The months have flown by, and I’ve lived in London for almost eight months now. I’m definitely not the same graduate who packed her bags and headed for the big smoke back in August. Here is what I’ve learned from living here. Hopefully it could help you know what to expect if you’re thinking of moving to London in the future. If you are, I definitely recommend it.
1. Londoners think they are in the centre of the world, and that is because we are. The city is a completely different world from the rest of the UK. When I catch the train for a weekend away it feels like visiting a different country. And because it is so different here, it’s therefore better. Perfect sense, right?
2. The tube has an entirely different etiquette to anywhere else. There are unwritten rules on where you can stand, how you should move down inside the cars, and how you should signal that you’re about to get off the train. Subtly turning my kindle off and staring at the platform as it comes into view is basically the same as screaming ‘I’m getting off at this stop so you better get the hell out of my way’. Tube politics are definitely real.
3. Working hours differ very greatly. Like on TV shows like Suits, some people spend their whole lives in the office. The tube is packed even at 7.30 in the morning and it stays packed well after the evening rush hour. But, there are also people who live the 9 ‘til 5 life and get out of work dead on time.
4. Drinking on a work night is definitely a thing. At uni, any night was a good night to go out, and that was mostly because it was so easy to skip the following day’s lectures. Working in the city, people are just as eager to go out on a Wednesday or Thursday night, and they will be just as hungover the next day, but somehow they still manage to get into work for 9am. I haven’t figured out how they are able to use this superhuman strength, but when my uni drinking exploits fade into a distant memory I’m sure I will join the ranks of these fearless drinkers.
5. Everything happens faster in London. From the walking pace to the time it takes to rent a flat (second views are a luxury only afforded to properties outside the capital, everything happens at a much faster pace here. I’m already one of those people who fumes when there is three minutes to wait for the next train. Londoners want everything, and they want is yesterday.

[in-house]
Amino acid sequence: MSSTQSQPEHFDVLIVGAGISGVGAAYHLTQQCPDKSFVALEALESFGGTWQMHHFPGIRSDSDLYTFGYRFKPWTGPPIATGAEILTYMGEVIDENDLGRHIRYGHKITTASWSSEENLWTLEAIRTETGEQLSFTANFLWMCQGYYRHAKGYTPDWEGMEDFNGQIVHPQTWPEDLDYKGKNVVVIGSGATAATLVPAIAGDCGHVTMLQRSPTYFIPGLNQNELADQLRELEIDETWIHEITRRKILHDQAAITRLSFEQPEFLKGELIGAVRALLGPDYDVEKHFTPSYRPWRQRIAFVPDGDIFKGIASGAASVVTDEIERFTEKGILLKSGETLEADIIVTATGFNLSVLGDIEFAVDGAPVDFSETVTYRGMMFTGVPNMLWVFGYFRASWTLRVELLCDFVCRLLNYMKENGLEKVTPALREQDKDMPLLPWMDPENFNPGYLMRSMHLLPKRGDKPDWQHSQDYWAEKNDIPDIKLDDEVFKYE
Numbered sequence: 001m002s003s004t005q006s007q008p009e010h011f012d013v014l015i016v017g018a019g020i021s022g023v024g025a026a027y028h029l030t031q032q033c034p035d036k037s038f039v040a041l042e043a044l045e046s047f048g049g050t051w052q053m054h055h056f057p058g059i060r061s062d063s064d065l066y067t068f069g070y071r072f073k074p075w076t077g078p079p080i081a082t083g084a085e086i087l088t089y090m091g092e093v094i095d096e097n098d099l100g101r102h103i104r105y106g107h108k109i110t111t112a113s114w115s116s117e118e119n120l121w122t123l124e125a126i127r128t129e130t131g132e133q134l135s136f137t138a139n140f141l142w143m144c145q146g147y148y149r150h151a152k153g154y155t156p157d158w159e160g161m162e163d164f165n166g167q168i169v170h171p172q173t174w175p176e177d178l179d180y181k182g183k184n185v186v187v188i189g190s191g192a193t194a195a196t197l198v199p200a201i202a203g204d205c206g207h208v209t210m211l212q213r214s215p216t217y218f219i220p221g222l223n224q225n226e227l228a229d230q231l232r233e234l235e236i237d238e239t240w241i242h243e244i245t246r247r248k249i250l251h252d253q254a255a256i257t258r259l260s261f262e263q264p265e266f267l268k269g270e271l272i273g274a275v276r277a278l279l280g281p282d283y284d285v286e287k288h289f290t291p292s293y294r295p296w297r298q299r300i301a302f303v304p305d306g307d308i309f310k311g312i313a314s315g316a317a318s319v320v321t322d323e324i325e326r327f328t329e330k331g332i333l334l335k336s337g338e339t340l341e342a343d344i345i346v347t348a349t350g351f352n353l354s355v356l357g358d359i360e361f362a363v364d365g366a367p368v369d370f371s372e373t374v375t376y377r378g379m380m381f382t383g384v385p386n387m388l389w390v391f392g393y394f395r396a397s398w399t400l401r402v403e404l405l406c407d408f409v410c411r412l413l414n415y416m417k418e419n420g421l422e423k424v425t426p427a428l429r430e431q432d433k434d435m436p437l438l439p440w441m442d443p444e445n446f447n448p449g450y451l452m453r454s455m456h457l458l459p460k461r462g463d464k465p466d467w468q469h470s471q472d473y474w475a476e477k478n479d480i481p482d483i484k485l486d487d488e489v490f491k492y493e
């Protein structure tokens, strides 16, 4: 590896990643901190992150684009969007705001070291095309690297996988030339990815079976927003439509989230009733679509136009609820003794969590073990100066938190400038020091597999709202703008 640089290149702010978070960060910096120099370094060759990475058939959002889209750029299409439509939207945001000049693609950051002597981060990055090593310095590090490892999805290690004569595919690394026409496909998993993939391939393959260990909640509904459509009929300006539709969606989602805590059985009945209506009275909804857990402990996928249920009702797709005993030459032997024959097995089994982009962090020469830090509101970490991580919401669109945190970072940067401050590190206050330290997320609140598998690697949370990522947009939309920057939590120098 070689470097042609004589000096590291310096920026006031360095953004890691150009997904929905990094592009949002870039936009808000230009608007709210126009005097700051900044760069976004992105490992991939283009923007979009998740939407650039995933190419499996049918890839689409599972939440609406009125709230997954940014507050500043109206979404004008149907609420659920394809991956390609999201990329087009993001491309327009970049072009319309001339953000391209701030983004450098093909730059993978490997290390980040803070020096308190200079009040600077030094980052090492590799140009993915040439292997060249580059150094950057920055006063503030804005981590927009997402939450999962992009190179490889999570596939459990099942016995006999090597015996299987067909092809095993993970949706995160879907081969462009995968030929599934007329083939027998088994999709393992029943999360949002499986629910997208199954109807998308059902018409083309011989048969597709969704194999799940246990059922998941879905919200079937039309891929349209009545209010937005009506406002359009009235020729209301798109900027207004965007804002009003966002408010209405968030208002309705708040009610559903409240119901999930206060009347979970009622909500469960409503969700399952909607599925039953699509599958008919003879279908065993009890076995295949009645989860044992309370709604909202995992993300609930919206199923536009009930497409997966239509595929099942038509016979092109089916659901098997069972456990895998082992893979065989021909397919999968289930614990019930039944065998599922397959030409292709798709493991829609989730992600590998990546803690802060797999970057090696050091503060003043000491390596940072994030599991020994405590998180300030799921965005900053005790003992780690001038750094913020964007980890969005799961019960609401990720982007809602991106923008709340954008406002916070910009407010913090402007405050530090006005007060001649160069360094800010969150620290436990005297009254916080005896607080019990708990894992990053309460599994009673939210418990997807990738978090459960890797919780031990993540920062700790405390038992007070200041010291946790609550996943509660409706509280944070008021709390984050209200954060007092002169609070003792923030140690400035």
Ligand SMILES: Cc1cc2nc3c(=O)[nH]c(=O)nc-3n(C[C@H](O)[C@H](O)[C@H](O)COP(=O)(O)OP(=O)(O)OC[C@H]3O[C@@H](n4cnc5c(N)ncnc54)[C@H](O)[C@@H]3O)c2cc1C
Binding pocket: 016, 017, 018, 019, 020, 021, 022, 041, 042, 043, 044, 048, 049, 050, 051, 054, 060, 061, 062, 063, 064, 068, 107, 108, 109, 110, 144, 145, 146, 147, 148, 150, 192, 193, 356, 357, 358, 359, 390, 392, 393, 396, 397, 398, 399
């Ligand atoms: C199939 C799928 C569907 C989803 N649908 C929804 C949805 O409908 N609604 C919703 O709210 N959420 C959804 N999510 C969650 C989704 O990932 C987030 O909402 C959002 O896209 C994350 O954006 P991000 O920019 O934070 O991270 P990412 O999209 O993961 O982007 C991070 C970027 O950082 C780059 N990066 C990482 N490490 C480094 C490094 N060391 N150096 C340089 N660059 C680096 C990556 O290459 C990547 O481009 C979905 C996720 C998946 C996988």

6. It’s best not to think about rent too much. I could afford to rent a small terraced house in my hometown, yet in London the same amount of money affords me a decent sized room in a shared terraced house. My friends have all agreed that we’d rather not think about the ridiculous amounts of money we’re throwing down the drain in rent.
7. Personally, I’ve learned that I’m capable of living on my own. I don’t like the people I live with, so I don’t count them as housemates. My closest friends are at least a tube ride away, so I am very much on my own. But that’s okay. I’ve learned to plan social occasions in advance and not be too sad if they fall through. More importantly, I’ve learned how to spend a lot of time on my own and be okay with that.
8. Travelling is still the most important thing to me. Now that I’m no longer a broke student and I can start to think about saving more money, I still don’t want to spend it on boring things like a house deposit. Instead, all my spare cash is going into my travel savings pot once again. Some things never change.
9. I’m better equipped to face the world of work than I thought I was. Yes, the hours may be a lot more than at uni, but the work itself is fine. I know I can do it, and do it well. After being told that I’d never find a job when I left uni, it’s a pleasant surprise to find out that every employed person isn’t some kind of expert in everything. Plus, there are a lot more entry-level jobs around than I expected, so don’t give up if you’re job hunting. 10. I love it. The main reason I decided to move to London was because all the jobs I wanted to apply for were based in the city. The move wasn’t part of some master plan, and I had no idea what to expect from living in the capital city rather than visiting for the weekend. But I ended up falling in love with the business, the self-centred attitude of the city, the constant events and the feeling that London is something bigger than itself. I definitely made the right decision, and I can’t imagine living anywhere else in my early 20s.
Do you live in London? Are you a fan, or is it not for you? Would you ever consider moving here if you live elsewhere?